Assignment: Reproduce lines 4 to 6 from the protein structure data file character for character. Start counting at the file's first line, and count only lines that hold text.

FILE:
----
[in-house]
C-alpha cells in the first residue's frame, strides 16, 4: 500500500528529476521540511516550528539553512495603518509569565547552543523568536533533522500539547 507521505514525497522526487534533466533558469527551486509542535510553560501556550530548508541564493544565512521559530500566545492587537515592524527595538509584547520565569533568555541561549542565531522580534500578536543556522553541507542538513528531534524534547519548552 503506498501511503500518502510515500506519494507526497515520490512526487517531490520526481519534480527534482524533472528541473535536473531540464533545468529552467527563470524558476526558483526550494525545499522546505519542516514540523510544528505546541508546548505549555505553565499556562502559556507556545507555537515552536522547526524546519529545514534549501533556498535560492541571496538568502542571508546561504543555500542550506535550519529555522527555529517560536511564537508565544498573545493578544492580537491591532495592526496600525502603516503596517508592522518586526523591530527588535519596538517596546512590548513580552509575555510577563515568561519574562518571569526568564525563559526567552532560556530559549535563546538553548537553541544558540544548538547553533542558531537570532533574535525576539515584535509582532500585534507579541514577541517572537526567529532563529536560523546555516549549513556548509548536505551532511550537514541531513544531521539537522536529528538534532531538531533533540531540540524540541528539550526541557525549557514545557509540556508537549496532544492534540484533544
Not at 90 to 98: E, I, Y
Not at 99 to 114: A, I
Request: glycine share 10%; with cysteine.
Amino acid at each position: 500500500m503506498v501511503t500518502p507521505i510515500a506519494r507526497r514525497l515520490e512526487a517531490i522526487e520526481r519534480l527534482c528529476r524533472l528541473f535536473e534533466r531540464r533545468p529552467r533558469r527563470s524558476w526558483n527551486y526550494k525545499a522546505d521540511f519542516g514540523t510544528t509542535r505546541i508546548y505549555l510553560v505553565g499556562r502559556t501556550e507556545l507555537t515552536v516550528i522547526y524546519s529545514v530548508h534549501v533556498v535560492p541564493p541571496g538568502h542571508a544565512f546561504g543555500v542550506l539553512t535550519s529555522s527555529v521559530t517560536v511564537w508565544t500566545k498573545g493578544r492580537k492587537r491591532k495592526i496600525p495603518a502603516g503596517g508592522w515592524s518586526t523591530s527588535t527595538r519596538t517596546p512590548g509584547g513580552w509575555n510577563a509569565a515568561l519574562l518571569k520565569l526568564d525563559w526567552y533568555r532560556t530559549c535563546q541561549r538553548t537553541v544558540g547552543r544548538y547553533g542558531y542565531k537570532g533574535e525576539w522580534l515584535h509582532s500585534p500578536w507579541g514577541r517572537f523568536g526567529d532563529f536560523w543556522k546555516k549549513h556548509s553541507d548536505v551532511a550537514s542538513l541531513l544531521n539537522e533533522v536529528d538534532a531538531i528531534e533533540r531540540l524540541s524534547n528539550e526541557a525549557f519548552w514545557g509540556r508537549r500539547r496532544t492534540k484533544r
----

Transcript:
Not at 99 to 114: A, I
Request: glycine share 10%; with cysteine.
Amino acid at each position: 500500500m503506498v501511503t500518502p507521505i510515500a506519494r507526497r514525497l515520490e512526487a517531490i522526487e520526481r519534480l527534482c528529476r524533472l528541473f535536473e534533466r531540464r533545468p529552467r533558469r527563470s524558476w526558483n527551486y526550494k525545499a522546505d521540511f519542516g514540523t510544528t509542535r505546541i508546548y505549555l510553560v505553565g499556562r502559556t501556550e507556545l507555537t515552536v516550528i522547526y524546519s529545514v530548508h534549501v533556498v535560492p541564493p541571496g538568502h542571508a544565512f546561504g543555500v542550506l539553512t535550519s529555522s527555529v521559530t517560536v511564537w508565544t500566545k498573545g493578544r492580537k492587537r491591532k495592526i496600525p495603518a502603516g503596517g508592522w515592524s518586526t523591530s527588535t527595538r519596538t517596546p512590548g509584547g513580552w509575555n510577563a509569565a515568561l519574562l518571569k520565569l526568564d525563559w526567552y533568555r532560556t530559549c535563546q541561549r538553548t537553541v544558540g547552543r544548538y547553533g542558531y542565531k537570532g533574535e525576539w522580534l515584535h509582532s500585534p500578536w507579541g514577541r517572537f523568536g526567529d532563529f536560523w543556522k546555516k549549513h556548509s553541507d548536505v551532511a550537514s542538513l541531513l544531521n539537522e533533522v536529528d538534532a531538531i528531534e533533540r531540540l524540541s524534547n528539550e526541557a525549557f519548552w514545557g509540556r508537549r500539547r496532544t492534540k484533544r